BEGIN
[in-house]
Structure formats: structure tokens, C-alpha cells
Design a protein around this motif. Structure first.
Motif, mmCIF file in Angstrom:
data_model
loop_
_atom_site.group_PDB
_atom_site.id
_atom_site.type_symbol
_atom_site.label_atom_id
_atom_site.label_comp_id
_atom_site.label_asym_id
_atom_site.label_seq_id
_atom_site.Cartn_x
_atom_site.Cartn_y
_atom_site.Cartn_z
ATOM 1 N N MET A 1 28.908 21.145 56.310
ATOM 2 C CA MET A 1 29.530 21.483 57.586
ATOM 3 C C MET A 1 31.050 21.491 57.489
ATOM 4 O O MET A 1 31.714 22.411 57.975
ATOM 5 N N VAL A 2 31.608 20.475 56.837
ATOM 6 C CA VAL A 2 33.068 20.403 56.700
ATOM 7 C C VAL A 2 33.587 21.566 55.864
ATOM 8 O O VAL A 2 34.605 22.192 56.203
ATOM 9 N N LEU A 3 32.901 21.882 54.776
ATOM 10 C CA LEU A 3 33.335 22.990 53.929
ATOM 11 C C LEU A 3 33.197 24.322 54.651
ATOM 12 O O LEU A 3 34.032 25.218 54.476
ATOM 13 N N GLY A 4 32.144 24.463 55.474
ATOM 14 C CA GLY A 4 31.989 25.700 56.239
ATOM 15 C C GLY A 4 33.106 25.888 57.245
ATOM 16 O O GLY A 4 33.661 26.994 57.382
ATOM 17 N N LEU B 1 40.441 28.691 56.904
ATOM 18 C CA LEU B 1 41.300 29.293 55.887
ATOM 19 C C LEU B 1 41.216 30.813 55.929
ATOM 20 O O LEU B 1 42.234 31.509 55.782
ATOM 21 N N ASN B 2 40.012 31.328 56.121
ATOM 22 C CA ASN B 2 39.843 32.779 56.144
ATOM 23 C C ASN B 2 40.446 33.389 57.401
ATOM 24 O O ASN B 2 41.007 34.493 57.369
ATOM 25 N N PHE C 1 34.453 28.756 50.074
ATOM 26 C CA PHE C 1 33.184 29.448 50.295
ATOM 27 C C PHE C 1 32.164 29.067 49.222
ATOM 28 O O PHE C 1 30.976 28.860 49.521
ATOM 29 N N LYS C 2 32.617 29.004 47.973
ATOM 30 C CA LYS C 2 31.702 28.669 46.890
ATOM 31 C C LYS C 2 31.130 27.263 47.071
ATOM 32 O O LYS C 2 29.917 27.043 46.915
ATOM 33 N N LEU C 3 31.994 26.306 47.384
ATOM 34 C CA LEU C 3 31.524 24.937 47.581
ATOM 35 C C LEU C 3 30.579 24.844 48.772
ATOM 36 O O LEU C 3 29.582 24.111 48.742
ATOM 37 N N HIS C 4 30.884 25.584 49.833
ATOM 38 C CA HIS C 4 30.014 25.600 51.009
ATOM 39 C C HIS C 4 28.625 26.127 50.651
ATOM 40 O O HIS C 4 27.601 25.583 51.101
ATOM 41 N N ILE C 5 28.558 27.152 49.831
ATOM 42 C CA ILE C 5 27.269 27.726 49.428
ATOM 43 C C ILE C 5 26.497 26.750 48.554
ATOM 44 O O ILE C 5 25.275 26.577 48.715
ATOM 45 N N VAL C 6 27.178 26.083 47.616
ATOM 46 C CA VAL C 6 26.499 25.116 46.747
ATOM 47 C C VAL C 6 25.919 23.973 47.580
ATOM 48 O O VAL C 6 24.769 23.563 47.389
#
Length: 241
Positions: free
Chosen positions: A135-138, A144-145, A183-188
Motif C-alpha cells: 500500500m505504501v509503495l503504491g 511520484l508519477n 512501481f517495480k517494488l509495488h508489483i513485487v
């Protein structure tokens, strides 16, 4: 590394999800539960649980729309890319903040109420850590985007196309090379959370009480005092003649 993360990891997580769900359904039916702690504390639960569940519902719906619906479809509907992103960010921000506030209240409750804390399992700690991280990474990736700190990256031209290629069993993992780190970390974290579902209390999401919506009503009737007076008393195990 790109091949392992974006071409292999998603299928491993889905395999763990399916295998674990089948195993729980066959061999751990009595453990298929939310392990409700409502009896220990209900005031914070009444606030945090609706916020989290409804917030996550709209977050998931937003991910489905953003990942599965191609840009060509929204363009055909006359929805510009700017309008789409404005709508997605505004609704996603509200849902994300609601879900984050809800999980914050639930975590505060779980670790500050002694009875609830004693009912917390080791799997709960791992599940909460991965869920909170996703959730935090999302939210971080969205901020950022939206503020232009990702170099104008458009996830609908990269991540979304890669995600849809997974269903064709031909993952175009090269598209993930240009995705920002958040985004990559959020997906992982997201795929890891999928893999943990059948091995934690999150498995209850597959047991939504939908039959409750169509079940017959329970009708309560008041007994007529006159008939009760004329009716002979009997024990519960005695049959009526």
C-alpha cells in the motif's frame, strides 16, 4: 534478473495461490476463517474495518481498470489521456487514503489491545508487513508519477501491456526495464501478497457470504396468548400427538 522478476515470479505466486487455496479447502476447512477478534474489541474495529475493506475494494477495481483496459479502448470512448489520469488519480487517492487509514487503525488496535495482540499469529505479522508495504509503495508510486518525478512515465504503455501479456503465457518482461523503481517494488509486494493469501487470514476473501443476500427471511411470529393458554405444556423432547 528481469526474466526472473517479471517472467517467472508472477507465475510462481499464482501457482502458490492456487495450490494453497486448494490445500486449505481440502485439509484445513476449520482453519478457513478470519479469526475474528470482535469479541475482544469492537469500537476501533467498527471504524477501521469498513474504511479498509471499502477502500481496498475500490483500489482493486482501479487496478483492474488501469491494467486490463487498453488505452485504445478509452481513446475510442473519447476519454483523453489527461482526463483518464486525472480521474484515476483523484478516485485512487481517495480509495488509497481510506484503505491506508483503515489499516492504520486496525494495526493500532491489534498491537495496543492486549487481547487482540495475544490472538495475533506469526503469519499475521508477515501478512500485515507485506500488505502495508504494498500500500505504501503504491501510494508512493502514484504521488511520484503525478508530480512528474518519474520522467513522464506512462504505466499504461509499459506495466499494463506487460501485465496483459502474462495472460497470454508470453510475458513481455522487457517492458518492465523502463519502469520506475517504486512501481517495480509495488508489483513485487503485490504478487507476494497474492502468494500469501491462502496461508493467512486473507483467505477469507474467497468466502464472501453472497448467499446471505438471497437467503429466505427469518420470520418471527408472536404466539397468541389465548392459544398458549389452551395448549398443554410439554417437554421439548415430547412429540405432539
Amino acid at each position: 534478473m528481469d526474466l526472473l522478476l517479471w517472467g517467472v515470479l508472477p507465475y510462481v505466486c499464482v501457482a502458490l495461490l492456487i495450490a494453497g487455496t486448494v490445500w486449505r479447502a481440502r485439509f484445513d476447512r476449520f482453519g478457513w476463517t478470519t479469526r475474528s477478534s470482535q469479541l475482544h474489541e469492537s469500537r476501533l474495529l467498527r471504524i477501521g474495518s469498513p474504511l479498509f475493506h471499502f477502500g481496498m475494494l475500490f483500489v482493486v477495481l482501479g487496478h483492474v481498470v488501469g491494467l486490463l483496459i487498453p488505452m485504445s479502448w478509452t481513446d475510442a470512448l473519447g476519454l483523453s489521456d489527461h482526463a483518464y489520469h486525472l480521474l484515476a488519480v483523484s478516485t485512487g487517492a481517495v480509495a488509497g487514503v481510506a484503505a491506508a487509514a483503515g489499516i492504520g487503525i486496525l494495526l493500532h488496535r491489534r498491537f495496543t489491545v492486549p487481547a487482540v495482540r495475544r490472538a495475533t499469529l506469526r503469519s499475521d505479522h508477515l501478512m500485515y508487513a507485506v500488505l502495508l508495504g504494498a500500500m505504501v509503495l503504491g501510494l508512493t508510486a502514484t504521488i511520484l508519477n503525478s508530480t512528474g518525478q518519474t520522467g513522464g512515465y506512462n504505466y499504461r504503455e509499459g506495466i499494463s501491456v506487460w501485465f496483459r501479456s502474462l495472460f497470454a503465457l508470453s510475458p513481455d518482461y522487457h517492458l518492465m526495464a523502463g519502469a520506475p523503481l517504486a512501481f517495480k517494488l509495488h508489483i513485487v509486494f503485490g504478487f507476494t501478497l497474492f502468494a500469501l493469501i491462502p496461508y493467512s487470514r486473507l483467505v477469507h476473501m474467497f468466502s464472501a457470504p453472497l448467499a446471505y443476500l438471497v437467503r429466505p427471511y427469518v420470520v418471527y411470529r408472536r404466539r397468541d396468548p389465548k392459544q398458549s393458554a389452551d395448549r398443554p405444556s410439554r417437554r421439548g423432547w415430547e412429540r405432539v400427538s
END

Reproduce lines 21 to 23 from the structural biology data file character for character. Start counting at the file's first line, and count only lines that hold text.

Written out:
ATOM 5 N N VAL A 2 31.608 20.475 56.837
ATOM 6 C CA VAL A 2 33.068 20.403 56.700
ATOM 7 C C VAL A 2 33.587 21.566 55.864